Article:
In our scenario our administration has handed a stack of order forms to the Chinese delegation, and said, "We're ready to take your order now." Tell them the deal for cashing in those bonds -- and continuing to sell to us without big tariffs -- is that China has to actually trade with us, and spend all of those accumulated bonds on goods made here. (I guess if they can tell Social Security recipients that their bonds have been spent they can set conditions on China cashing in theirs... right?)
We don't make that here anymore, you say? Well, here is a solution to that, too. We can just do what they do. We can say, you have to build a plant here that does that. And you have to "partner" with an American company before you can even do that. And you have to transfer your technology to that company. And after a few years your company goes away and the factory and the technology and the market will be ours.
Believe it or not, that is what they say to our companies, and for far too long our government has let them get away with that. So along with the stack of order forms, they can tell China that we are going to start doing what they do. Go down the above list, point by point, and just do what they do. Leave out the labor-suppression and environmental degradation parts.
We Can't Just Go Back To The Old Way
There are huge interests here and in China who have done very well because of the "trade" policies of recent years. With the economic crisis heading into the past they are pushing very hard to just go back to the way things were. Of course they are. And they are very, very powerful. The Chamber of Commerce runs hundreds of millions of dollars of campaign ads urging us to just go back to doing the things that brought them so much wealth and power. In China those who accumulated great wealth and power from these schemes are fighting hard to just keep it going. The imbalances have been just great for them, and they use the resulting wealth and power to push for more.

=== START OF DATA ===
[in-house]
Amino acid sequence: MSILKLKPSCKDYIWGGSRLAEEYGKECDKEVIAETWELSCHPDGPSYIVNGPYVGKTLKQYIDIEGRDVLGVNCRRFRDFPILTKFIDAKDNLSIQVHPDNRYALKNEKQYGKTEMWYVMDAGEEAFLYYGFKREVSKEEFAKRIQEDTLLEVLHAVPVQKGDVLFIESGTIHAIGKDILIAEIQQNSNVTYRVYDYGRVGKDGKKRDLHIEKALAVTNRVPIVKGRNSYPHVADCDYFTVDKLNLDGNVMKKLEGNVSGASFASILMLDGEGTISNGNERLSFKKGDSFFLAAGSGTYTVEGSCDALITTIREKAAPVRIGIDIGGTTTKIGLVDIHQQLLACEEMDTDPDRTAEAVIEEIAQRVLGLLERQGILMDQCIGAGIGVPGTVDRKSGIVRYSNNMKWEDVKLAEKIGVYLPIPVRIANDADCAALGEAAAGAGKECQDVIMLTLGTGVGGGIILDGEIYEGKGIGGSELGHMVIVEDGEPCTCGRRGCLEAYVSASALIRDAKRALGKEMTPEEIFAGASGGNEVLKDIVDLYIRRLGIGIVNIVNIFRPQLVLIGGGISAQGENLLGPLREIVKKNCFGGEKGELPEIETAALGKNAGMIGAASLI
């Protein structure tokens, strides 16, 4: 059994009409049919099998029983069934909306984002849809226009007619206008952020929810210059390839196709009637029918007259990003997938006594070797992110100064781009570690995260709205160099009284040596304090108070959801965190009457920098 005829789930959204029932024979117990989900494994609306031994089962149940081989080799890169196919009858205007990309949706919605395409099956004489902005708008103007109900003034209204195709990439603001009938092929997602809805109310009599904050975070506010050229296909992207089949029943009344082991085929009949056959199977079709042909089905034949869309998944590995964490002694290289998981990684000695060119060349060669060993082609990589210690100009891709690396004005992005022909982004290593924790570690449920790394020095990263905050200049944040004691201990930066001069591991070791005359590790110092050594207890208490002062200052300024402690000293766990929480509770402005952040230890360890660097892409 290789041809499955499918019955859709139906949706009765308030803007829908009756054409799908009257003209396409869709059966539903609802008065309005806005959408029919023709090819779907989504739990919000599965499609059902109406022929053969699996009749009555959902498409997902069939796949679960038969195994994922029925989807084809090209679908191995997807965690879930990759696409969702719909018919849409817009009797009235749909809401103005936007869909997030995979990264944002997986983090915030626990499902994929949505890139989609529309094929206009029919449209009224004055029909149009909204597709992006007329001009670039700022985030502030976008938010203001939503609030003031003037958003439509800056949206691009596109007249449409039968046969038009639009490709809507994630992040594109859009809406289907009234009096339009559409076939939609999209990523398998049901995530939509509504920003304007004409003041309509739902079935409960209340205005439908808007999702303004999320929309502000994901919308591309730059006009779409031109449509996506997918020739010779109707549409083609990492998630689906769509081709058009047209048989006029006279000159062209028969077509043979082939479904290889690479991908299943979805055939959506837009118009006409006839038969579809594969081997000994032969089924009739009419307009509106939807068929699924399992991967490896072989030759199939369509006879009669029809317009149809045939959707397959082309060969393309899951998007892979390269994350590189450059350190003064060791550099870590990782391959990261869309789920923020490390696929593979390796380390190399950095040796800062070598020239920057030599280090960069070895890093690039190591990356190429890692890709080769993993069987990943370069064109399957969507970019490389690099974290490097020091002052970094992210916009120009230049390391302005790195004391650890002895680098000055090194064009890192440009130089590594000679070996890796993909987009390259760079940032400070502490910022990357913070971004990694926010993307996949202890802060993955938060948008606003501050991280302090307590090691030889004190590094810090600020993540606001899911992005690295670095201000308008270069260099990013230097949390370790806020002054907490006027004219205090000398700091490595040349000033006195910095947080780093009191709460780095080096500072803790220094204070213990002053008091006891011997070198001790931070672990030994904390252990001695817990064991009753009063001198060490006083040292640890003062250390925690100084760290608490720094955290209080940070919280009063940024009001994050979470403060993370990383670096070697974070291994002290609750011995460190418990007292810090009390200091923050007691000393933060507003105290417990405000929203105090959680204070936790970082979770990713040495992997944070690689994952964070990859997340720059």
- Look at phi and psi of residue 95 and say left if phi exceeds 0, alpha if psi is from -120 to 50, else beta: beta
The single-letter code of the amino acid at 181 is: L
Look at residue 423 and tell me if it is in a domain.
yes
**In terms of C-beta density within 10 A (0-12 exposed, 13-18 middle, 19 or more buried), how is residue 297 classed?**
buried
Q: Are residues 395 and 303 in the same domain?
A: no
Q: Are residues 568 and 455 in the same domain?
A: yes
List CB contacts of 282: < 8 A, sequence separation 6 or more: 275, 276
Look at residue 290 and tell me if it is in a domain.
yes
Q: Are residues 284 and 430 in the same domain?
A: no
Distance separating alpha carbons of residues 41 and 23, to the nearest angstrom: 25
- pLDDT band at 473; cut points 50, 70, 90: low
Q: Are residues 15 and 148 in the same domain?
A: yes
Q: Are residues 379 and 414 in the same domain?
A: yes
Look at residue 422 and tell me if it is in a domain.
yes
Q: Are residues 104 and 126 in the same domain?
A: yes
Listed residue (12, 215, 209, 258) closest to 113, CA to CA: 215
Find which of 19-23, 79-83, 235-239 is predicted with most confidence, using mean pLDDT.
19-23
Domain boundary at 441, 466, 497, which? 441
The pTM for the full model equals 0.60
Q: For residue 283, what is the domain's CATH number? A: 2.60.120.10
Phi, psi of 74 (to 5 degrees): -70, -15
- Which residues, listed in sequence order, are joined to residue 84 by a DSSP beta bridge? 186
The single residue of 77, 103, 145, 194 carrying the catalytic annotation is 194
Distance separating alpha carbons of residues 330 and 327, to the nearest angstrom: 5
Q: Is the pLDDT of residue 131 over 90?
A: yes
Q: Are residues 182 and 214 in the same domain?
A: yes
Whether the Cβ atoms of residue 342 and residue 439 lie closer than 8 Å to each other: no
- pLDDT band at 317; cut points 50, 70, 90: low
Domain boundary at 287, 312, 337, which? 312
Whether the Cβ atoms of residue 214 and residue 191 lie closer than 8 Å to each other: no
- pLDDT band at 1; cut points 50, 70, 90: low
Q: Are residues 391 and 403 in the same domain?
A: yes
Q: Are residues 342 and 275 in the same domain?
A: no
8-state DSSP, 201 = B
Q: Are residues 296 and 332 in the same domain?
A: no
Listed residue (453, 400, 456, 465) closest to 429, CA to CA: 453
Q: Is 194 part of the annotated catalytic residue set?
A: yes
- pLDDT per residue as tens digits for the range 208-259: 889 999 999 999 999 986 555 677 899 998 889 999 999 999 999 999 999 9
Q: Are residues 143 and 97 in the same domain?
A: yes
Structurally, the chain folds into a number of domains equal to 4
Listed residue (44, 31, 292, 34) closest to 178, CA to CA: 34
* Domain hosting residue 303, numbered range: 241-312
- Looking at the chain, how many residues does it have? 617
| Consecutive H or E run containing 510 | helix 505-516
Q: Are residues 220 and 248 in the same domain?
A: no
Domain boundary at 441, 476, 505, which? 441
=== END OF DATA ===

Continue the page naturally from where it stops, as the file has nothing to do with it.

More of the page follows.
But the resulting imbalances have been terrible for everyone else in the world. The imbalances have drained wealth and power from everyone else in the world. Can everyone else in the world overcome this or are we all helpless against the onslaught?
Or do we have to wait for the next crisis to completely destroy everything and rebuild from there?
Posted by Dave Johnson at May 5, 2011 5:51 PM
To some degree, I've bought into the Modern Money Theory of Mosler (maybe Mosler Money Theory), in which dollars are nothing more than bits in an account or numbers on bills. Actual wealth is in the form of goods and services, and imports increase wealth (and exports reduce wealth).
I have been wondering, who really benefits and who is harmed by imports and exports? For example, I think of a small section of a political thriller novel I read probably a quarter century ago (title completely forgotten).
A farmer in the Opium Triangle (Laos, Burma, that area of Southeast Asia) is described in naive, simpleton terms as very happy at the approval given to his product by the authorities who buy it up. They've given him $150 instead of the usual $100.
Then the book shifts to objective mode as it describes the next steps in the production of illegal drugs (from the farmer's produce) worth hundreds of thousands of dollars.
Then there's China's prison industry. Has there been much discussion of China's prison industry recently? It's probably a major player in the production of China's exports.
What do businesses in China do with the dollars they receive from the exports?
Posted by: John M at May 8, 2011 3:19 PM